Reviewed by Carole McDonnell
And there was Light
The Extraordinary Memoir of a Blind Hero of the French Resistance in World War II
by Jacques Lusseyran
Some books should not be read with other books. Or the other book will not compare favorably. Some books remind the reader of why books are read in the first place – because they open the eyes and heart to new worlds that the reader had never dreamed of. Some books remove the cap from our head, and open the top of our skulls. And There was Light is such a book — at least in the first section. But for some, it might be the second section. It depends.
This is because And There was Light is divided into three sections. This is a subtle division, of course, because one’s life is generally not laid out in clearly demarcated lines. But the autobiographical relating of Jacques Lusseyran’s life does fall neatly into three sections.
The first is about his blindness, the second about his work in the Resistance, the third about his time in a prison camp and release. A book with three such disparate sections will elicit different reactions depending on the writer’s heart and interests. The first, about the author’s blindness and subsequent discovery of a different way of seeing, is spiritual, philosophical, almost rhapsodic in its depiction of the greater inner light that guided him and helped him to see. The almost mystical feel of the narrative would affirm truth to those who are acquainted with the magical in life. It is energizing, amazing, spiritual truth, yet to the more rigid-minded whose ideas of life are rooted in mundane ideas of how the world “really operates” this section might seem poetic at best and deluded at worst.
The second section — that in which Lusseyran describes the work of the Resistance and his part in it– reads at first like a story about young boys pretending to be important. This is true especially if the reader does not understand the work of the French Resistance during the Nazi Occupation. But as one reads — and puts aside the idea that these young teenagers are merely playing at war– one sees the importance of the work they carried out. Those who live in countries which have never known life under the occupation of a foreign power will begin to understand the great work of the French Resistance. Lovers of war history will like this and the last section although some readers may be hard put to make it through the first section.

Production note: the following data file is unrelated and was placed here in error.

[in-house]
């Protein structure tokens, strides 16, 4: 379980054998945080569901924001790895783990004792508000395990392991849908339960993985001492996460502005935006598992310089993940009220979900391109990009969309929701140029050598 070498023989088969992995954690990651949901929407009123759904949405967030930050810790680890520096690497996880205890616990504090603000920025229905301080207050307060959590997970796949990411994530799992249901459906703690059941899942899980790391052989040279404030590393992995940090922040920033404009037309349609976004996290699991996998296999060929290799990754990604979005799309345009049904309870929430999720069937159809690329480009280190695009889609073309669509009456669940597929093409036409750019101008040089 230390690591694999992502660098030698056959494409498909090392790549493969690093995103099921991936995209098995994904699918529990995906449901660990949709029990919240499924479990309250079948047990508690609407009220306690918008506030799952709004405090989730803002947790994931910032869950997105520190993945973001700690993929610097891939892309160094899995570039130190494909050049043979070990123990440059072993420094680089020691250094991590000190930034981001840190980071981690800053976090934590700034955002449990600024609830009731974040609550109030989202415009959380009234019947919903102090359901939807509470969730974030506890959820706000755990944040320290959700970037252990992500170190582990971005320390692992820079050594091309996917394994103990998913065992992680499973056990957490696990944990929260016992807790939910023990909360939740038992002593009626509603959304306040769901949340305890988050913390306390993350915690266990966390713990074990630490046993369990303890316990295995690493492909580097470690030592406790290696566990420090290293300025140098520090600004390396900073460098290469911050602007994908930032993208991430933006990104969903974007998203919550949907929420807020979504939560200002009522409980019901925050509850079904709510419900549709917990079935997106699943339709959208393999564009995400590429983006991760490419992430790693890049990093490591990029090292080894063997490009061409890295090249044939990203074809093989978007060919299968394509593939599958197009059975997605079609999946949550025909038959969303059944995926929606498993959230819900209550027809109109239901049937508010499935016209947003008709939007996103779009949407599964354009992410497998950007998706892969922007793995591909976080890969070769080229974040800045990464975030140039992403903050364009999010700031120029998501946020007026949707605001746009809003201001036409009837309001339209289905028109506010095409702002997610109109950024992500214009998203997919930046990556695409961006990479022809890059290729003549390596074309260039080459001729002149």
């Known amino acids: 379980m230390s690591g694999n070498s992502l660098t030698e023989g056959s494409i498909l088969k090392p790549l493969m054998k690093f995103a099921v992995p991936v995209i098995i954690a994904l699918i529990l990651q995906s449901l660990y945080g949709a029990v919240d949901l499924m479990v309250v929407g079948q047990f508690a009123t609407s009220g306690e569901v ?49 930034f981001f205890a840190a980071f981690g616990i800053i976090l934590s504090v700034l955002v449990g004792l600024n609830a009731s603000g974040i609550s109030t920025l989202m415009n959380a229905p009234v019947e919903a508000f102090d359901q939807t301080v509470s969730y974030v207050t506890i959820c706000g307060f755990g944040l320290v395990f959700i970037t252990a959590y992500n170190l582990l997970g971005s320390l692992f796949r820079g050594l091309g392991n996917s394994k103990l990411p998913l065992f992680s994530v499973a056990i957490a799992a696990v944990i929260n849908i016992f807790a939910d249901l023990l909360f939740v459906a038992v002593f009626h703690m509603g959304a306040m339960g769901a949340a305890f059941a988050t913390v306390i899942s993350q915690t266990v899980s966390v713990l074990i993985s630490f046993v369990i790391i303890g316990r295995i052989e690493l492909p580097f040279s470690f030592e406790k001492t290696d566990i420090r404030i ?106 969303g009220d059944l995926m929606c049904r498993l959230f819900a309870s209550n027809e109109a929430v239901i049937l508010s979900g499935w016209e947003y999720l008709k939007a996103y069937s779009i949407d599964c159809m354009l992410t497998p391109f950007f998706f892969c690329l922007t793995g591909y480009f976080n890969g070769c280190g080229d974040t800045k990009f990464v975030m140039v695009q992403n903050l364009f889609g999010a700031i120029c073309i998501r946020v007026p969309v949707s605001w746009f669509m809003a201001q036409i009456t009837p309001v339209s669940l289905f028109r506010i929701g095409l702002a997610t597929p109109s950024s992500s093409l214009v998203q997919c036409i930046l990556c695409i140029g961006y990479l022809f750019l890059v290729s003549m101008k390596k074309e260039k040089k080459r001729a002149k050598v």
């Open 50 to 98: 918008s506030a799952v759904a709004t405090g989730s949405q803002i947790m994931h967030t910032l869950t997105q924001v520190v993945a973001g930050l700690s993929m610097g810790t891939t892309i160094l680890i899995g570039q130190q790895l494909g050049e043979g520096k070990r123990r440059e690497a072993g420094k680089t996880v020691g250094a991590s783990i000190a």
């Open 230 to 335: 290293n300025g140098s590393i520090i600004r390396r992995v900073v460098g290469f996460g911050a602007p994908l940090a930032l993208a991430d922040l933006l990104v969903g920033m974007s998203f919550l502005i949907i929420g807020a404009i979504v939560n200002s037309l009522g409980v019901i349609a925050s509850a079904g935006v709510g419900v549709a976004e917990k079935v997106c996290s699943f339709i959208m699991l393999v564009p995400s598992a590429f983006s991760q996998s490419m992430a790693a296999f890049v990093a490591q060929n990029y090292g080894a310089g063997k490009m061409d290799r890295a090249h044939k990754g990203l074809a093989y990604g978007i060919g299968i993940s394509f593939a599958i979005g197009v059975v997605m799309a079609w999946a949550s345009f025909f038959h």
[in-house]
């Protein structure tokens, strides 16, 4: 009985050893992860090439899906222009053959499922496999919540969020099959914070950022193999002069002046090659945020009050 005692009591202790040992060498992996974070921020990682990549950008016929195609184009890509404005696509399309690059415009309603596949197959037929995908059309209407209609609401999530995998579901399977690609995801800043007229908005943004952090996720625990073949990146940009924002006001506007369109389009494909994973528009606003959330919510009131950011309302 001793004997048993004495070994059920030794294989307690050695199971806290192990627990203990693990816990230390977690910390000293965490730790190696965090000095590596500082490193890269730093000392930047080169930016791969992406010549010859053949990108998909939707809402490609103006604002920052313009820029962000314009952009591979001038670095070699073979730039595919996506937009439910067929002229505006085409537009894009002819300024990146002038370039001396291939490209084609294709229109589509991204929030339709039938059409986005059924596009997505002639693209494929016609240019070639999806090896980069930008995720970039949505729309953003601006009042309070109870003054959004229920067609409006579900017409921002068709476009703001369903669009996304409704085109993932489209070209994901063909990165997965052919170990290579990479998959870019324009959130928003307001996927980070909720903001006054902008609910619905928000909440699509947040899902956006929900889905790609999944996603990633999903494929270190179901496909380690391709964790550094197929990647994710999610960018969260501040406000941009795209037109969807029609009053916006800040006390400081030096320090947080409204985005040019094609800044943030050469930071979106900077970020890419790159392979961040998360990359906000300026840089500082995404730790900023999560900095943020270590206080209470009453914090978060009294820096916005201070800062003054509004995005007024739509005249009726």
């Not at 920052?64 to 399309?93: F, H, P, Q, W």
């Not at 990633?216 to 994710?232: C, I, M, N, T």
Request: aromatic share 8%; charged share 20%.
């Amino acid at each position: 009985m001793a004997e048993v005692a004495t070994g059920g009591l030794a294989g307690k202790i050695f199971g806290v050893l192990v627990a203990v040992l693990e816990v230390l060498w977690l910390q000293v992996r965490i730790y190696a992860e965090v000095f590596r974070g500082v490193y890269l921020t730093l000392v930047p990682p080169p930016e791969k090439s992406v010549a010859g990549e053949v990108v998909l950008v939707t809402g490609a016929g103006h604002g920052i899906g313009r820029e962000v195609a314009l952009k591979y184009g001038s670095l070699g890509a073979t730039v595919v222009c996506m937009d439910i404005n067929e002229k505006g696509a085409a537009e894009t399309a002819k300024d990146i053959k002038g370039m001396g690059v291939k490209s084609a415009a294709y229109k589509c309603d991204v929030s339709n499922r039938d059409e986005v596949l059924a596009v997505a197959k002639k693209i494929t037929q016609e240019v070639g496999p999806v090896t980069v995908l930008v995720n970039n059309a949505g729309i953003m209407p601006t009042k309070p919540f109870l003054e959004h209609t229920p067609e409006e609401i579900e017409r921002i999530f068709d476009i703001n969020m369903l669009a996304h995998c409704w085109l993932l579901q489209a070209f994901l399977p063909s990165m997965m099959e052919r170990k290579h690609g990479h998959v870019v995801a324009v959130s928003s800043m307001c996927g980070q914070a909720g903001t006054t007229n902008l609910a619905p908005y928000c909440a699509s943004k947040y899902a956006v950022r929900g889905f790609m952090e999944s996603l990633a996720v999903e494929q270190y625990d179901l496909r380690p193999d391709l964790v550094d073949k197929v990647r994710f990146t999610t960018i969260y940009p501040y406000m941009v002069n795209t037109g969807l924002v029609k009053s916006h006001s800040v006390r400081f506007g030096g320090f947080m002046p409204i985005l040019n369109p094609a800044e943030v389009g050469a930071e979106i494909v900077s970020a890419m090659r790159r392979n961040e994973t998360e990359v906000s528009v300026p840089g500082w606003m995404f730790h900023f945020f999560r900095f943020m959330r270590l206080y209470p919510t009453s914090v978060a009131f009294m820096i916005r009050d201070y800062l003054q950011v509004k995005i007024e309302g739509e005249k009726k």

The third section details the author’s imprisonment. Throughout the book, the author is of course blind. But he is not imprisoned by his blindness. His blindness does not shrink his life or impinge on him but turns out to be freeing. Still there were moments when blindness affected his optimism. The first was when the fascist Vichy government declared that blind people could not teach. The second was when he was imprisoned. But none of these challenges affected Lusseyran’s natural optimism, an optimism which was based on his trust in God’s love and pity.
One of the most harrowing experiences in the book concerns the author’s meeting with a blind despondent child whose parents had not understood the different way of “seeing” and had effectively shut down the emergence of the child’s other senses. Seeing the child, Lusseyran is horrified at what his own life had been if his parents had not challenged the accepted norms of educating the blind or the accepted human idea of physical reality.
Spiritual books open the world of spirit to those who are willing to see it. The world of spirit is readily understood by those whose minds are rooted in the earthly way of seeing. When Lusseyran speaks of living light or the morality of sounds, some Christians and New Agers may understand. Those who understand Quantum Physics might understand. But others might be skeptical, confused, or dumfounded. No matter. Lovers of memoir will find the entire narrative majestic and heroic. The author speaks of the great things he did and yet the story is humble. The humility stems from his love of God, his adoration of his parents, and his admiration of his friends. The memoir has the feel of a classic, which it is …being named as one of the top 100 Christian books of the 20th century. Powerful insightful commentary and insights stream across the narrative beautifully, effortlessly, and casually. Yet the verbal stylings are so joyful and rhapsodic that they echo older classic writings.
This book is highly recommended, especially for those who feel they need the need to have their mind renewed, to those who work with or are disabled, to those with a spiritual bent, and to history buffs.
About the reviewer: Carole McDonnell is a writer of ethnic fiction, speculative fiction, Christian non-fiction, and Christian fiction. Her works have appeared in many anthologies and at various online sites. Her fantasy fiction novels, Wind Follower and The Constant Tower are published by Wildside Press. Her short story collection is Spirit Fruit: Collected Speculative Fiction by Carole McDonnell. Her self-published books are My Life as an Onion, A Fool’s Journey Through the Book of Proverbs, Oreo Blues, and Seeds of Bible Study: How NOT to study the Bible. She can be found at http://carolemcdonnell.blogspot.com/